I was diagnosed with HIV when the test first became available in 1985. I was working abroad as a diplomat. In the mid-1990s, I had to retire, as my T cells had dwindled to single digits. The introduction of protease inhibitors changed everything. Suddenly, there was the possibility of living longer when doctors had advised that life expectancy was a mere 18 months.

What three adjectives best describe you?

Resilient, persevering, loyal.


What is your greatest achievement?

Despite my HIV, being a caregiver for my dad until he died and for my sister until she died.


What is your greatest regret?

That I couldn’t be as great a caregiver for my sister during her 10 long years in and out of hospitals.


What keeps you up at night?

The worry of the end of American democracy as one political party strips Americans of voting rights.


If you could change one thing about living with HIV, what would it be?

To make more people aware of the continuing stigma that surrounds HIV.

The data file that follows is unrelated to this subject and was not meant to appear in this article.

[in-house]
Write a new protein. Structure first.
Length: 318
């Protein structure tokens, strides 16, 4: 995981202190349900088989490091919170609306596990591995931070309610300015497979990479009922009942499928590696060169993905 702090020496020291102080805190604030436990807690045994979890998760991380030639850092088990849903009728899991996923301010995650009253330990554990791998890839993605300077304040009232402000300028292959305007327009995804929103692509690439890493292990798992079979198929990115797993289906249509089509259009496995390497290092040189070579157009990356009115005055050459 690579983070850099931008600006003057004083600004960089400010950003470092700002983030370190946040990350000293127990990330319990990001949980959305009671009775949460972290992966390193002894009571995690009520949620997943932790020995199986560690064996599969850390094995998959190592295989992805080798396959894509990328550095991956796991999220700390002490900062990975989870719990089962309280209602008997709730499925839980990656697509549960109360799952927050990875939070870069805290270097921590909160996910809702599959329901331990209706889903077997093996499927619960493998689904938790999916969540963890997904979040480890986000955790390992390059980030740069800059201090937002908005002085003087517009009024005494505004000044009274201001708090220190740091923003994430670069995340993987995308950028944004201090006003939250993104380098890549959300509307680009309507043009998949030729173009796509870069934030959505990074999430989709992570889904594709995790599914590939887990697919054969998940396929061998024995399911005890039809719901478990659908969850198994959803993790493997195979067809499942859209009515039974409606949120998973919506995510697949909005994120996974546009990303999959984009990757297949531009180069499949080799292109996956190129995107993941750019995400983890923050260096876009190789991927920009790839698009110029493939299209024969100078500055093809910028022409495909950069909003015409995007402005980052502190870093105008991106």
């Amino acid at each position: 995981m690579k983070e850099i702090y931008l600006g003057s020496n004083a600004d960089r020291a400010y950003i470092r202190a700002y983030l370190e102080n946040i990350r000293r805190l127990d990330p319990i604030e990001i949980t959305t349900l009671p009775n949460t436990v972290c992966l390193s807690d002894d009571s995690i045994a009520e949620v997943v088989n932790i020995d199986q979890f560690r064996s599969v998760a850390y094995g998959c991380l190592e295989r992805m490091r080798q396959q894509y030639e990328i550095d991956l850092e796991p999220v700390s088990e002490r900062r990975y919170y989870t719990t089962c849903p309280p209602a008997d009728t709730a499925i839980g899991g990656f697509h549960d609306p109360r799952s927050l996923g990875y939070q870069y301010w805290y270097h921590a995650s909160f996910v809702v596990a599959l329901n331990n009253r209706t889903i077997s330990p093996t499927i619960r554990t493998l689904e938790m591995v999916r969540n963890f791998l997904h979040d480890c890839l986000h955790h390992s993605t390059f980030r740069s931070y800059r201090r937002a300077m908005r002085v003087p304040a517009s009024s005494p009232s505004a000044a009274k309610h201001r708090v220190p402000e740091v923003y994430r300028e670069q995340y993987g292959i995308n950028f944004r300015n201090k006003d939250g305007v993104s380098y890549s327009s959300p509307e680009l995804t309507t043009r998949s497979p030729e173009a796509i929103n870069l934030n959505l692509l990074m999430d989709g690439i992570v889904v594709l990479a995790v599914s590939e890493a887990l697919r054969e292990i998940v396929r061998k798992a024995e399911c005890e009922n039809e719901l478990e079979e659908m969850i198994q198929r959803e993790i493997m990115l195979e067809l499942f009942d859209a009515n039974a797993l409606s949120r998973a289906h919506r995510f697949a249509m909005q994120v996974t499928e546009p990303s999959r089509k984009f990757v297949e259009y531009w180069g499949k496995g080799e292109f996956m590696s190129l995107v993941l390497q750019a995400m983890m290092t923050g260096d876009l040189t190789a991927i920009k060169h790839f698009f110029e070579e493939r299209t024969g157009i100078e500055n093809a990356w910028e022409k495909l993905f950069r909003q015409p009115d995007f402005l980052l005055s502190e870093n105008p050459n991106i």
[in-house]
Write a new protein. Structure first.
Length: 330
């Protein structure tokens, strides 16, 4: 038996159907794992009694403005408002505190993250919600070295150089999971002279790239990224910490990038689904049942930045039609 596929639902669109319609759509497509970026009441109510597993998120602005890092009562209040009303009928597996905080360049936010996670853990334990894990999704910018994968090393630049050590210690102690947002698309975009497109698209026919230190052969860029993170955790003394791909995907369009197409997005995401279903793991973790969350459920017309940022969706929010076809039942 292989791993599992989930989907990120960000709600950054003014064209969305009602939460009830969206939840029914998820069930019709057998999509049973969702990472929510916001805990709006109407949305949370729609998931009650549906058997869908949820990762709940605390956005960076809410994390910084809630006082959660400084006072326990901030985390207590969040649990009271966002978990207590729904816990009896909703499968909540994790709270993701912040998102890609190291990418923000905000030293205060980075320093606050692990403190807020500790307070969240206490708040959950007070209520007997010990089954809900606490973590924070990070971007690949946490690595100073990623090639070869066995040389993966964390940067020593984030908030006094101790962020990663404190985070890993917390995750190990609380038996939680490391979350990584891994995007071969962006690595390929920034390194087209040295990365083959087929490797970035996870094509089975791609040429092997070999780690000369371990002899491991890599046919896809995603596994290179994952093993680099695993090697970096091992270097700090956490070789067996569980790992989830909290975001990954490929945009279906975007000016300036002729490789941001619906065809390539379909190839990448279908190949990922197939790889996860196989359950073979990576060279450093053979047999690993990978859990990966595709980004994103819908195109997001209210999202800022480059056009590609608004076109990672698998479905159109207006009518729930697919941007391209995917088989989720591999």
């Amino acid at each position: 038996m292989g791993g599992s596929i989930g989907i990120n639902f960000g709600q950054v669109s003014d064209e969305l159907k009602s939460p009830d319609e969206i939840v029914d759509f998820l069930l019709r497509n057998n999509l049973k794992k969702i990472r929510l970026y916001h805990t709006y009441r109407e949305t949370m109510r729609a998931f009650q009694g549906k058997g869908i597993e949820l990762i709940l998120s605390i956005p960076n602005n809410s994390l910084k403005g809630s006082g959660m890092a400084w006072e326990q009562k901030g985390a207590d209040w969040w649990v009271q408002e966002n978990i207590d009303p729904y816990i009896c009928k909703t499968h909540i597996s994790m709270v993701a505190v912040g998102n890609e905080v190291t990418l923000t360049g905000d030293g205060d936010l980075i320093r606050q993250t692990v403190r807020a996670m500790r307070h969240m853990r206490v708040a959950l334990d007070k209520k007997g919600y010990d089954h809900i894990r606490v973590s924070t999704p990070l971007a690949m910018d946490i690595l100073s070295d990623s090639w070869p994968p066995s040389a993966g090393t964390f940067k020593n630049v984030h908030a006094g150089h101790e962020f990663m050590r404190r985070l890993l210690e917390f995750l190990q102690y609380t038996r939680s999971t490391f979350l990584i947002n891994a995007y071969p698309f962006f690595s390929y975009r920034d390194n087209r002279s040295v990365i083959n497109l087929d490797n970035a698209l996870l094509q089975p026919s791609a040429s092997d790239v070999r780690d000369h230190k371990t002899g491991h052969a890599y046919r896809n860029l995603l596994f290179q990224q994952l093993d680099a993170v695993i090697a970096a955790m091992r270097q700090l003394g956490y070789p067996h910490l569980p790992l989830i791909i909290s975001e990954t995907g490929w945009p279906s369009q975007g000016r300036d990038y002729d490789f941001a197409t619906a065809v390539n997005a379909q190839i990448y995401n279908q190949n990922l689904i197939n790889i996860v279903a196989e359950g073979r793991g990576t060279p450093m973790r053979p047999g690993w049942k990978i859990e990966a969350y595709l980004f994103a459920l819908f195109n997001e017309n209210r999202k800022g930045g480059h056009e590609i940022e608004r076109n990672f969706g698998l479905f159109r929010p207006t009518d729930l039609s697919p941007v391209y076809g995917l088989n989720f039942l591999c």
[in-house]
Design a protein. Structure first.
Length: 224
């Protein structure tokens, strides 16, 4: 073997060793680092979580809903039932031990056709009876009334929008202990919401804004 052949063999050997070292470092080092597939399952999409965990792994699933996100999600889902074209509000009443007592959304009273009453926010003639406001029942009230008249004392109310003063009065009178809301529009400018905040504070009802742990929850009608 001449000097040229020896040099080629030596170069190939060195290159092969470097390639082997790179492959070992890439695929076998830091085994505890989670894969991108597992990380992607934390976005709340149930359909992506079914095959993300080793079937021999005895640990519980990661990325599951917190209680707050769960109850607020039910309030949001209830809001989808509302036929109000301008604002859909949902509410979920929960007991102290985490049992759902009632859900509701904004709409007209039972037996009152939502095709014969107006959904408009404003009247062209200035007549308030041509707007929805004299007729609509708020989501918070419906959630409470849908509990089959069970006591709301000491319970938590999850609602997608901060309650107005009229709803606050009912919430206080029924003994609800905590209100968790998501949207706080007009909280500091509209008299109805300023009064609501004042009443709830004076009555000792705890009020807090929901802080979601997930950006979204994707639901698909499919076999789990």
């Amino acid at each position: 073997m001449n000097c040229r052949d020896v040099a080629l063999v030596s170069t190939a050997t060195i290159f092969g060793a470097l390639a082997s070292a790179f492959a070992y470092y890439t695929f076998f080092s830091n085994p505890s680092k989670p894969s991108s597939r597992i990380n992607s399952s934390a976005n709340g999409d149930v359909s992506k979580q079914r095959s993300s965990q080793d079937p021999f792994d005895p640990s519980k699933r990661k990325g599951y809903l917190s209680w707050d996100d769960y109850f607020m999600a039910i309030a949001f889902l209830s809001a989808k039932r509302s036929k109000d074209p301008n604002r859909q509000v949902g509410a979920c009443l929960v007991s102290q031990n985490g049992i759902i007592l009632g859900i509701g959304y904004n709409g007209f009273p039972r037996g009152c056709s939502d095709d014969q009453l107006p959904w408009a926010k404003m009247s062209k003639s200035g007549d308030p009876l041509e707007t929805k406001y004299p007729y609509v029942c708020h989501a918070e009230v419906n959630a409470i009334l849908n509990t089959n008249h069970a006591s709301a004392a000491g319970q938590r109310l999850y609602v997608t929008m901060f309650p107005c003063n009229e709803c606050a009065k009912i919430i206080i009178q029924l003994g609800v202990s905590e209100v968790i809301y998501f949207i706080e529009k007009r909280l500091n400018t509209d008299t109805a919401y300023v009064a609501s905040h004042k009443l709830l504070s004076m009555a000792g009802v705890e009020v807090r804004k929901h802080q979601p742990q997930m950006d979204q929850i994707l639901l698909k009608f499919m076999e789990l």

What is the best advice you ever received?

When opportunity knocks, answer! (It may not knock again!)


What person in the HIV Ccommunity do you most admire?

Doctors who have been with us from the 1980s in our struggle for health.


What drives you to do what you do?

It’s important to find new ways to help others and to share stories of long-term survivors and all that we have been through with so much death in the 1980s and 1990s.


What is your motto?

Don’t be conventional. Follow your own path.


If you had to evacuate your house immediately, what is the one thing you would grab on the way out?

Family photos.


If you could be any animal, what would you be? And why?

A giraffe so with my long neck I could see the repercussions of events long before they arrive.